Executing judgment__John 5:27, having authority over His own life and resurrection__John 10:18, having authority over all to give eternal life__John 17:2, to forgive sins__Mark 1:22, 9:6, Luke 5:24, to heal__Matthew 9:8, to cast out demons__Mark 1:27.
He is said to have ALL authority and because of that He is head over ALL other authorities__[Matthew 28:18, Colossians 2:10]
I read a study where it was legitimately pointed out that this word was also used of believers when referring to...
Becoming sons of God__John 1:12, casting out demons__Matthew 10:1, to one day have authority over cities at His return__Luke 19:17, and even to access the tree of Life__Revelation 22:14. [Never believer over believer.]
Then it was used of people in general when referring to...
Property__Acts 5:4, the right to eat food offered to idols__1 Corinthians 8:9-11 [translated "liberty"] and several other places for various things.
But what is missing is ANYPLACE in the text of scripture where it is used
concerning believer over believer in the context of the Body of Christ called the Church of the New Testament.
Nor is it ever used with any "office" of pastor or deacon since no office of that nature existed in the early Church, as we shall see further along in this post.
The Body of Christ [the Church] does have "authority," but it is derived from our Lord's action on her behalf. There is an authority of the Word of God as well. But, as mentioned, He has given all of us who make up the Church "derived authority." It's interesting to note that this authority it is translated "freedom" in 1 Corinthians 8:9 and that authority or freedom is to be used explicitely for the welfare and freedom of others and not for any rule over them and it is NEVER because of ANY authority residing in anyone's position in the Church.
It is true that historically writers have presented the concept of "authority" in the Church emphasizing the idea of being "over others," but that is a cultural concept and is not a biblical mandate at all. Jesus made that crystal clear, it seems to me, with His rather stark statement in Mark 10:42-45 where He says that, while the Gentiles do exercise rule "over others," [there it is] it is NOT to be that way among believers.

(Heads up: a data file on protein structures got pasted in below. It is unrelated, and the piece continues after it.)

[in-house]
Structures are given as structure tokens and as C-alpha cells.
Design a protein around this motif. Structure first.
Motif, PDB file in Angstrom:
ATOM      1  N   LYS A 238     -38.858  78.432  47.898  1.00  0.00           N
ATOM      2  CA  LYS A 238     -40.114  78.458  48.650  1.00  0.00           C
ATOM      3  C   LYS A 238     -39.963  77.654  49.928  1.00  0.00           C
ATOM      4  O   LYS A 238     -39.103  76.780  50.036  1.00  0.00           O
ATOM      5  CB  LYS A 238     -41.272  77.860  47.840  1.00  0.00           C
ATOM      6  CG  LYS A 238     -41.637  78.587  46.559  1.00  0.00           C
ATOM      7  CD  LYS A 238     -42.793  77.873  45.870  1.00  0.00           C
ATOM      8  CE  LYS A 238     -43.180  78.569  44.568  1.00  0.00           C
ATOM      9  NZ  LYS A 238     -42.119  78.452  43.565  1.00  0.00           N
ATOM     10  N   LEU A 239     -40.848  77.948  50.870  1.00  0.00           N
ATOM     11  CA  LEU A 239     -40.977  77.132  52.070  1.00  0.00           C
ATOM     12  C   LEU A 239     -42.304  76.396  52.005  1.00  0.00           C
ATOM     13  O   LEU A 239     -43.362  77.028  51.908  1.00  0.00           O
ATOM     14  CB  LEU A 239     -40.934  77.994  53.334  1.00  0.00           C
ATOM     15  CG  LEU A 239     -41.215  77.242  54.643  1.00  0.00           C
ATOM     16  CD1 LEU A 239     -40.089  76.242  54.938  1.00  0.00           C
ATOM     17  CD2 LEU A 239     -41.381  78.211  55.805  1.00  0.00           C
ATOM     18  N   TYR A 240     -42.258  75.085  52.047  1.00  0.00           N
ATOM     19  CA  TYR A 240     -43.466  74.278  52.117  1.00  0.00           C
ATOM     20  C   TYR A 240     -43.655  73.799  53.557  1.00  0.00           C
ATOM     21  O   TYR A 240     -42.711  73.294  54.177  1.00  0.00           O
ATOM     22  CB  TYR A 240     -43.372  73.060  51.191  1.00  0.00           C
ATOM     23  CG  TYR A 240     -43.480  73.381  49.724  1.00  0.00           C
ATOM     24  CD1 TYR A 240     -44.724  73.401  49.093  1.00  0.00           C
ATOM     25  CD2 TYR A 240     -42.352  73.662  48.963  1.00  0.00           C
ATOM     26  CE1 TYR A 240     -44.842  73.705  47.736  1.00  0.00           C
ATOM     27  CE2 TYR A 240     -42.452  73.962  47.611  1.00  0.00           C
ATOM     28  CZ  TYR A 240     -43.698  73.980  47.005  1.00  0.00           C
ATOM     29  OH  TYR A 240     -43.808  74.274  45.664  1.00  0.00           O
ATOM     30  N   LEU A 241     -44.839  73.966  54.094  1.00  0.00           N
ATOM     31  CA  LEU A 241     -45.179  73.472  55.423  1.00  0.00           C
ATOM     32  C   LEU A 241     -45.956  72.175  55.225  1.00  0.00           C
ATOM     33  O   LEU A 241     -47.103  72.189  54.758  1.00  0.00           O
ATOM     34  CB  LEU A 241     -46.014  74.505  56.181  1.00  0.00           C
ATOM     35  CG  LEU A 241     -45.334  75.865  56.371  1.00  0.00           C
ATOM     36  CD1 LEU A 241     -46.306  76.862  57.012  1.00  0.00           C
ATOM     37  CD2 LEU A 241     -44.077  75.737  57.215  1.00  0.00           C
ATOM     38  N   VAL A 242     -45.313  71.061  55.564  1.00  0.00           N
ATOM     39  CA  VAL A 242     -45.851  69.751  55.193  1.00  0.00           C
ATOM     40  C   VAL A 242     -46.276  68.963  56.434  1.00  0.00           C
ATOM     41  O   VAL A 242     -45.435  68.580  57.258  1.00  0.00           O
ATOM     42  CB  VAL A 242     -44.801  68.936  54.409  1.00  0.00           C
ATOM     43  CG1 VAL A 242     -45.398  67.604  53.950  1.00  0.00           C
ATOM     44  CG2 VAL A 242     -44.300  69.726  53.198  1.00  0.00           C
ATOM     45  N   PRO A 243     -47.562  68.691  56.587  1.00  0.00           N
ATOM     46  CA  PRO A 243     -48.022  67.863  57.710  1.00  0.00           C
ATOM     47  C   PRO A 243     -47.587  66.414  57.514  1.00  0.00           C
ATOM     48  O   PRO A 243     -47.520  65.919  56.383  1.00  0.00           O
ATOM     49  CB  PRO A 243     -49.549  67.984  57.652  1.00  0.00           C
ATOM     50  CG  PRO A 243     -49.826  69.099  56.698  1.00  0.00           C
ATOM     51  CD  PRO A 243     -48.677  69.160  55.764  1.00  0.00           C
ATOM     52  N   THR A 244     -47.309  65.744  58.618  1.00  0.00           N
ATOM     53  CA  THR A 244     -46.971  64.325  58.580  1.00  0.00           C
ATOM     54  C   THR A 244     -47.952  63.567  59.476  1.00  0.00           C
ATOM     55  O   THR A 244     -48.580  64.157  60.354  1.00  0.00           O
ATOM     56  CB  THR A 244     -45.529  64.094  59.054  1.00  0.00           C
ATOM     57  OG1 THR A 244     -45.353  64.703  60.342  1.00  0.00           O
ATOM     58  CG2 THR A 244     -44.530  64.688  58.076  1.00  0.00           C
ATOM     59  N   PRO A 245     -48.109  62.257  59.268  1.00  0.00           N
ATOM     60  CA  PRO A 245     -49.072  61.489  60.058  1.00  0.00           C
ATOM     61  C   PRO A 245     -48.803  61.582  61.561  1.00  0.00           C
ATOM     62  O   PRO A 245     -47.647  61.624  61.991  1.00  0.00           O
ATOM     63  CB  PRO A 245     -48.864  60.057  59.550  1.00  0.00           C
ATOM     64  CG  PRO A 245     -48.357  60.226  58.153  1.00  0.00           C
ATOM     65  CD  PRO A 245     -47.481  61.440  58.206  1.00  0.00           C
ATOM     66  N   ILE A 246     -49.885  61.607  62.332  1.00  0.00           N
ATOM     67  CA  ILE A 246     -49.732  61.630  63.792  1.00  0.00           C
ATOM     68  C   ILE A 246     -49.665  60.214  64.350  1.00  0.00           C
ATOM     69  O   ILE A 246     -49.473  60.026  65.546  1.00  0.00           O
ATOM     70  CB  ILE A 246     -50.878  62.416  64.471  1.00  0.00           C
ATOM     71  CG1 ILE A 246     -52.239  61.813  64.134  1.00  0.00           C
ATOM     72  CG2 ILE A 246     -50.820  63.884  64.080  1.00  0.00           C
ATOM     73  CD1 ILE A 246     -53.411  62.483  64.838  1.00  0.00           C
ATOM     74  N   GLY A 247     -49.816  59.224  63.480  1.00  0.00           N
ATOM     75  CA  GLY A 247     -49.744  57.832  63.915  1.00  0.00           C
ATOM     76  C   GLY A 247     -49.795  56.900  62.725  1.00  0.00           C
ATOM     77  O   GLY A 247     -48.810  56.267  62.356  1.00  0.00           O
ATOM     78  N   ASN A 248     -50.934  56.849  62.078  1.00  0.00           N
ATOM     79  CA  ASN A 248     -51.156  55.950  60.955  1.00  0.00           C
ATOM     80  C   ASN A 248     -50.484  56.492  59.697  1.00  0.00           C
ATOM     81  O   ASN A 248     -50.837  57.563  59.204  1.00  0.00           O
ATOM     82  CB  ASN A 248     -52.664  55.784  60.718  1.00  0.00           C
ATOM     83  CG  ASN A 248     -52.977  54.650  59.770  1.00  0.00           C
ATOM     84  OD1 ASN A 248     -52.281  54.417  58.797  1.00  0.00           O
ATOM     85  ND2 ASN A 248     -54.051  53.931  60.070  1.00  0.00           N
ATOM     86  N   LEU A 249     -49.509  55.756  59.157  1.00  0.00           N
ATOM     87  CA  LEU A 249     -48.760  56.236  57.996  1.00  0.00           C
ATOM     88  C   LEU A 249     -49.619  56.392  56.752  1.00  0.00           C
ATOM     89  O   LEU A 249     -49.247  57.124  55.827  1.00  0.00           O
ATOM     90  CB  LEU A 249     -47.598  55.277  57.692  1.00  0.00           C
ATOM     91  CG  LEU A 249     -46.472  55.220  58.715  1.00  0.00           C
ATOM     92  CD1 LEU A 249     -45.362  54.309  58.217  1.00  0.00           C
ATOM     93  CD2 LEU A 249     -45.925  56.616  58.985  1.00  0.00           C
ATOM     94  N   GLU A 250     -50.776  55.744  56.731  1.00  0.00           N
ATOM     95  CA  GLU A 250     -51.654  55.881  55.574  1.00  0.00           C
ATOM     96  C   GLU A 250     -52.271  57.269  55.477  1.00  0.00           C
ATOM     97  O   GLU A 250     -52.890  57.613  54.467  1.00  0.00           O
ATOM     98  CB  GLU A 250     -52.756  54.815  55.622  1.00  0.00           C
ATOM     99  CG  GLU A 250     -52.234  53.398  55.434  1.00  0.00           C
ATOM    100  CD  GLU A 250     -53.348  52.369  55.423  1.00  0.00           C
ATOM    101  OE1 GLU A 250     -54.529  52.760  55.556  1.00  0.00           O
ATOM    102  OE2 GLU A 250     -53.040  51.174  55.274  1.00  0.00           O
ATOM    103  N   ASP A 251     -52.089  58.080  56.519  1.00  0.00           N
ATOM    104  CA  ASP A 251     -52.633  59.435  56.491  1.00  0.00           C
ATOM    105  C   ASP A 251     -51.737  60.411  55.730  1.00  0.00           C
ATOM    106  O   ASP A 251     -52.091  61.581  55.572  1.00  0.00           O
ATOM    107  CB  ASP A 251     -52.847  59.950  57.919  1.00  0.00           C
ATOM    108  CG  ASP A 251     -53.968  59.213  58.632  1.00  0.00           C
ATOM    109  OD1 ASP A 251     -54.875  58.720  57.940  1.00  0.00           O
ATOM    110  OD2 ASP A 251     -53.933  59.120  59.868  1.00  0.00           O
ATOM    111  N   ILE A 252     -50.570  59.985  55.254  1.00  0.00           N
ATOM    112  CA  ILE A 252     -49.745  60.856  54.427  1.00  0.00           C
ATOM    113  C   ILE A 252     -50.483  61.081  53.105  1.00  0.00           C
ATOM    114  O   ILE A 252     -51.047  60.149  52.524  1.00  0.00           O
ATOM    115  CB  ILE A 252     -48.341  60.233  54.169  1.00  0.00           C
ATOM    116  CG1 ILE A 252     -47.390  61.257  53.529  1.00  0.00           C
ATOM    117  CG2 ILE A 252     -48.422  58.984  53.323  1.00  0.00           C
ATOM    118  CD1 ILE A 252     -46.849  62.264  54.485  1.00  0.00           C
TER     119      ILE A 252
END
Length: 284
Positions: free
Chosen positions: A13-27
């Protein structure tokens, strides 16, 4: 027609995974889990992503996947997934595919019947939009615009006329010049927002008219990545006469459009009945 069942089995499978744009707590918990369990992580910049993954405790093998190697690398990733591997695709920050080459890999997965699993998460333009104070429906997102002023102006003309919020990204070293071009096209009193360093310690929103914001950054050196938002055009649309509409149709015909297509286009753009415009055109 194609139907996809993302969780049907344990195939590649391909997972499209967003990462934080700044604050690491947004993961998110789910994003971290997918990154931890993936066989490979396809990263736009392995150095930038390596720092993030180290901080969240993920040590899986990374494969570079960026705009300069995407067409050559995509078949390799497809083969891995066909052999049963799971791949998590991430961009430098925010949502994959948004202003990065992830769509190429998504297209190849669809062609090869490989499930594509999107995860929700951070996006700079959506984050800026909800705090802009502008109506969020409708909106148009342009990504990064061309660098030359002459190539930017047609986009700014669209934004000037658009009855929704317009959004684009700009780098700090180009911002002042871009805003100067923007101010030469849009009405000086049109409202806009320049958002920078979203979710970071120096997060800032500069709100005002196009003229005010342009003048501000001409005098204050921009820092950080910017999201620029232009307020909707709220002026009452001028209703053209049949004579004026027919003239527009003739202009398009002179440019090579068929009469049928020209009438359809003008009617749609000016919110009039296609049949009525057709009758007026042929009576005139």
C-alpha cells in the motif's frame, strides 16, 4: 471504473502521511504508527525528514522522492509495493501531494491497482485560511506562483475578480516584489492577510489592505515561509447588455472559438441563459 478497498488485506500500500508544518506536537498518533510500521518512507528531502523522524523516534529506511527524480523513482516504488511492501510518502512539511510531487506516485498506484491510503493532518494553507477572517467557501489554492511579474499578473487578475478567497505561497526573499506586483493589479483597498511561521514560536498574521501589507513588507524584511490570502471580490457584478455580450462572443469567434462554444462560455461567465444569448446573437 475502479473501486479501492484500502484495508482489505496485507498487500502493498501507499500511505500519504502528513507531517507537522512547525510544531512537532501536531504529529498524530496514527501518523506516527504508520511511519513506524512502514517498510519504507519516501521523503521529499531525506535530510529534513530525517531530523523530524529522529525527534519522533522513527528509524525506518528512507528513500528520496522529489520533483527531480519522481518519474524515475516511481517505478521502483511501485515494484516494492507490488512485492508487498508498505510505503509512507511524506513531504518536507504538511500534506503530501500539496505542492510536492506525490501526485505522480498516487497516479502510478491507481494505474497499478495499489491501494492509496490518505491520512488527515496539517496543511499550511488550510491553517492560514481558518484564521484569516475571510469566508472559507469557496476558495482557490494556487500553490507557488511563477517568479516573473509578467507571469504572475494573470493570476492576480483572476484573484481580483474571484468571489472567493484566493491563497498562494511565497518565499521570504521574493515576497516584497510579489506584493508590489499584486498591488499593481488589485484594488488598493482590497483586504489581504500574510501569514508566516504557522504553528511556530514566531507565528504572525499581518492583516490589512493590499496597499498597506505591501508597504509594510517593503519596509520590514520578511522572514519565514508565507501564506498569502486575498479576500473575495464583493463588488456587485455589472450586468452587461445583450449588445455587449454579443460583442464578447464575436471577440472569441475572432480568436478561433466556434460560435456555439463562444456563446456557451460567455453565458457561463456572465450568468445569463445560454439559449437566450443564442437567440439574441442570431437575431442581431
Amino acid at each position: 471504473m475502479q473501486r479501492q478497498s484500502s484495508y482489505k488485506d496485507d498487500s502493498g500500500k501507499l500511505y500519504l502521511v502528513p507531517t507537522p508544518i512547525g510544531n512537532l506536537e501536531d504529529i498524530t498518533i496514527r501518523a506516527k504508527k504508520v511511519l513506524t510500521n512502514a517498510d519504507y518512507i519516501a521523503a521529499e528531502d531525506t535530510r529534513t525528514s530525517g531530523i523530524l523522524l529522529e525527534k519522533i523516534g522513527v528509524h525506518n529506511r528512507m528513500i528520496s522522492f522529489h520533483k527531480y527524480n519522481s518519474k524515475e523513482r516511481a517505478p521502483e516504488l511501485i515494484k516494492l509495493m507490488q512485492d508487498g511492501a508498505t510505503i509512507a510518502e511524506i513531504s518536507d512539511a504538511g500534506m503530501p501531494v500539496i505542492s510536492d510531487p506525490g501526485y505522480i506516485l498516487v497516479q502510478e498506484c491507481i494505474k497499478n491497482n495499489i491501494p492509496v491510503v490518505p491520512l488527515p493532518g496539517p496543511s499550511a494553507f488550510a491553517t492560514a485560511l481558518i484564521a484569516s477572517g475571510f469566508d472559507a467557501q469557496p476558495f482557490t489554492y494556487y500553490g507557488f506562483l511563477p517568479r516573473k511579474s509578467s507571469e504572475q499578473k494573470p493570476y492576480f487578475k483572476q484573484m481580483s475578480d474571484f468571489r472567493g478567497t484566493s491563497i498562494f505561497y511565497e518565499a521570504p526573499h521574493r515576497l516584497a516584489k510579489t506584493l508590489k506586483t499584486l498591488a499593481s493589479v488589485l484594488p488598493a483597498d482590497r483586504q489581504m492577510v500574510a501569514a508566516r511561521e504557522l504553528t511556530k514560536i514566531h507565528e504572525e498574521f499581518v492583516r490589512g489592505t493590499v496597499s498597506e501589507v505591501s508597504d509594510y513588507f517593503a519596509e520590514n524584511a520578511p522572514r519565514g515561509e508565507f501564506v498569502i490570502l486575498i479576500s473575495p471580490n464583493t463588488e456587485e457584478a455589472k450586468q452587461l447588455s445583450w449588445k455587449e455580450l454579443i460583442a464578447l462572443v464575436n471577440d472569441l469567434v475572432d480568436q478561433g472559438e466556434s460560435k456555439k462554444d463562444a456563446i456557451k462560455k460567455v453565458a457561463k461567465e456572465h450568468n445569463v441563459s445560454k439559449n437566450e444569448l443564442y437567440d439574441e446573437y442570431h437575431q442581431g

There are two false concepts held by many in the local church historically that have fostered a propagating of the concept of church authority as" being over" rather than a true biblical pattern.
One is an unfortunate division between clergy and laity where the former does the work of ministry and the latter pays the salary of the former as a kind of professional minister. I'm not saying to pay someone on staff is wrong. But what I am saying is that the division between clergy and laity is not biblical as all believers are called to be ministers and there are no elevated positions.
The other is the "office" idea for Pastor and Deacon with an authority inherent within the "office," which is simply not found in the text when correctly translated.
Neither of these concepts is the biblical viewpoint for authority in local Church life as our study to follow will reveal.
Both of these concepts will be dealt with next time in the second part of this post.